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Electroengineering



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Electroengineering - 18.12.2015
Real-time tracking shows how batteries degrade
How disposable Lithium batteries degrade during normal use has been tracked in real-time by a UCL-led team using sophisticated 3D imaging, giving a new way to non-invasively monitor performance loss and guide the development of more effective commercial battery designs. The team recently used the same technique to show how rechargeable Lithium-ion batteries fail when they are exposed to extreme levels of heat, but this is the first time the extent of day-to-day damage of disposable Lithium batteries has been shown.

Health - Electroengineering - 18.12.2015
Breakthrough for video-pill cancer imaging
Researchers from the University of Glasgow have found a way to make swallowable cameras more effective at detecting cancers of the throat and gut. In recent years, tiny sensing systems small enough for patients to swallow have proven to be a valuable clinical alternative to more intrusive imaging methods such as endoscopes.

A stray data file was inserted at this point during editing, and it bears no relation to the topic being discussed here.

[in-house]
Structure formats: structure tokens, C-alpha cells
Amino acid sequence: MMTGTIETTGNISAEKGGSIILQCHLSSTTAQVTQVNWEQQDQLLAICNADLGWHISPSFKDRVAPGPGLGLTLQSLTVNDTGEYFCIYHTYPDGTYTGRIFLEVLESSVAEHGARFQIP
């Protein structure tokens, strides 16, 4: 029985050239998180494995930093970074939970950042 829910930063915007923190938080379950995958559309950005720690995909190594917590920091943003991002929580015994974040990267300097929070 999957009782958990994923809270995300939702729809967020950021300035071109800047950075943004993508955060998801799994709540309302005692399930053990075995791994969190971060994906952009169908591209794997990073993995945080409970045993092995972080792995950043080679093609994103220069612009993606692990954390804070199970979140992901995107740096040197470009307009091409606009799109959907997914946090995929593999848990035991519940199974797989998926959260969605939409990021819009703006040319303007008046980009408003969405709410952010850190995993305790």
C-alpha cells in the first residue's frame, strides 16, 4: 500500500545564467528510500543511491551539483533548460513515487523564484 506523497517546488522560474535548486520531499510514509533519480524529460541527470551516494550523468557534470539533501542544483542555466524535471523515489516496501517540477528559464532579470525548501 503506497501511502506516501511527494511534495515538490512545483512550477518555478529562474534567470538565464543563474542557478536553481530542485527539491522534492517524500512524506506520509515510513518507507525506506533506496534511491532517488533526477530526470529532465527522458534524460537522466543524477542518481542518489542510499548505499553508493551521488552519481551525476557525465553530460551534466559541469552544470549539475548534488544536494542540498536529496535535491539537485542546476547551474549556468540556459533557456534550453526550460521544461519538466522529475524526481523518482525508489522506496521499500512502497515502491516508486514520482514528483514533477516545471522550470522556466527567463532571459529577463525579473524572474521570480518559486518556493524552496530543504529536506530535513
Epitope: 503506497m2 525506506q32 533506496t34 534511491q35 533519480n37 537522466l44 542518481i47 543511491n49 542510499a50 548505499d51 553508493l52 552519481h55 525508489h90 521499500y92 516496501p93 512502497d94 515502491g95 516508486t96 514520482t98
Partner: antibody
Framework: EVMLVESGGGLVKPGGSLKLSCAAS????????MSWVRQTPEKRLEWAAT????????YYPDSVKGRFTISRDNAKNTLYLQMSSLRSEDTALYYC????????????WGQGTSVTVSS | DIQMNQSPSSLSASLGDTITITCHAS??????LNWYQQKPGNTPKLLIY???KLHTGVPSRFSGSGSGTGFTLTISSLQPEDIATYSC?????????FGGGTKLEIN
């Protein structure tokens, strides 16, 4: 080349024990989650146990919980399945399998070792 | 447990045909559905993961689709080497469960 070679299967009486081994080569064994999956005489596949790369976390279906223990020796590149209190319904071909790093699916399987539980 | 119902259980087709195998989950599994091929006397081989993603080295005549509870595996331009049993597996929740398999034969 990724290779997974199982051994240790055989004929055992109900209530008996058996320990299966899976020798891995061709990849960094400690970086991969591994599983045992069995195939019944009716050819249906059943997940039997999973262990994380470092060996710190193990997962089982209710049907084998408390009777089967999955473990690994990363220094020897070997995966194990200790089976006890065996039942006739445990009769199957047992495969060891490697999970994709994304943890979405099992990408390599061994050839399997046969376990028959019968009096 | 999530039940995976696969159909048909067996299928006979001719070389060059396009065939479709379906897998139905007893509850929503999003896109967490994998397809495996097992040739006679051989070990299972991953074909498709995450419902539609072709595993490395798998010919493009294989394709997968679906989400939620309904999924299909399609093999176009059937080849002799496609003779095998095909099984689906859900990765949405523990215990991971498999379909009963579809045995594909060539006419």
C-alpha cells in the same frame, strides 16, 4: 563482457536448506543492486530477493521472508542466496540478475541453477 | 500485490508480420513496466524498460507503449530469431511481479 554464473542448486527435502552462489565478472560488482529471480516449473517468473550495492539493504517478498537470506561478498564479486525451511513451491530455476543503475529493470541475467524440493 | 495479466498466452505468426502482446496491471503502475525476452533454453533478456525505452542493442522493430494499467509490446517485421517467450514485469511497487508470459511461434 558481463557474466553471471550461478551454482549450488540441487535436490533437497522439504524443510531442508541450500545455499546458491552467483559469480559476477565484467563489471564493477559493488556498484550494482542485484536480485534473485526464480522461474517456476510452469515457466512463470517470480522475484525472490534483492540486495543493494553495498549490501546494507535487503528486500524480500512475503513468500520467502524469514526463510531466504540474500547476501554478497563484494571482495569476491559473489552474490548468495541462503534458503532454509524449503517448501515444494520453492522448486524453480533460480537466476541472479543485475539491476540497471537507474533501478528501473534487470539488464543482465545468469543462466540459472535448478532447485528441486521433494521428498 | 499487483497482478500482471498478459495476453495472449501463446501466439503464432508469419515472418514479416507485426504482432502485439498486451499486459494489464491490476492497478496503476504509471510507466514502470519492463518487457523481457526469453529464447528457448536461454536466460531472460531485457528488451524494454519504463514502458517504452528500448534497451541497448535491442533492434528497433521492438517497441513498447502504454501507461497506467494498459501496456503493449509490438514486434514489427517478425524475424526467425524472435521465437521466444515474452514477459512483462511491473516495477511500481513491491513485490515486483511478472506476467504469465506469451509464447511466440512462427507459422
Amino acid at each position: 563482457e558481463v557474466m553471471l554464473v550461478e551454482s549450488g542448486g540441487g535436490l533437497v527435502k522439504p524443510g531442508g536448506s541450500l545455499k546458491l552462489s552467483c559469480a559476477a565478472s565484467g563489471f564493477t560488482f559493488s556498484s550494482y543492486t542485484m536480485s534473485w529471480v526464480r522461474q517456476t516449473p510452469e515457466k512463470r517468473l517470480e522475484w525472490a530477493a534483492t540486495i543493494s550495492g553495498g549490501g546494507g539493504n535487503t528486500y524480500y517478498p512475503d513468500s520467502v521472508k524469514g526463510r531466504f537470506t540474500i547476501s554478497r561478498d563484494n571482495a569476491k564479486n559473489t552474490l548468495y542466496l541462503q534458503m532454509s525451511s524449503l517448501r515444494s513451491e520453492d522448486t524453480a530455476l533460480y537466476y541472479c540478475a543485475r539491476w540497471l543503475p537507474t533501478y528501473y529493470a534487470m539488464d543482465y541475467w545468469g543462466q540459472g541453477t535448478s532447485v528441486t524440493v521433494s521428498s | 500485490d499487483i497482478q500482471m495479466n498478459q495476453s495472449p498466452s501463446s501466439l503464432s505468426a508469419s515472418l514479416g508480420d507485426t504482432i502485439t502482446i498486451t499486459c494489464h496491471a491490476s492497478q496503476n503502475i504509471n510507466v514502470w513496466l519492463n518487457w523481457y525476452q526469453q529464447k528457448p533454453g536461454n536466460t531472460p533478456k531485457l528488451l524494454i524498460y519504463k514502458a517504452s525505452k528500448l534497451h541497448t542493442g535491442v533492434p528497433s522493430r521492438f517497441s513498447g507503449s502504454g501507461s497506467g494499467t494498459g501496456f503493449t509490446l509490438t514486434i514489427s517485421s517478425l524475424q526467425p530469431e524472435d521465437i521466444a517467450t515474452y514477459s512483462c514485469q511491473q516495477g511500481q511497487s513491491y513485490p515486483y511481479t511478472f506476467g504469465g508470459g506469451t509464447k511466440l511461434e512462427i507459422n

Electroengineering - Physics - 18.11.2015
Researchers make graphene production breakthrough
Graphene has been hailed as a wonder material since it was first isolated from graphite in 2004. Graphene is just a single atom thick but it is flexible, stronger than steel, and capable of efficiently conducting heat and electricity. However, widespread industrial adoption of graphene has so far been limited by the expense of producing it.

Physics - Electroengineering - 06.10.2015
Magnetised gold heralds new generation of electronics
Magnetised gold heralds new generation of electronics
A team of researchers including physicists at the University of Bath have magnetised gold in a process that could lead to a new generation of electronics and make computers faster, smaller and more powerful. The scientists investigated what happens in a device where a very thin layer of a superconductor, a material that carries electrical current without generating any heat, is sandwiched between a layer of a magnetic material and a layer of gold.

Physics - Electroengineering - 21.09.2015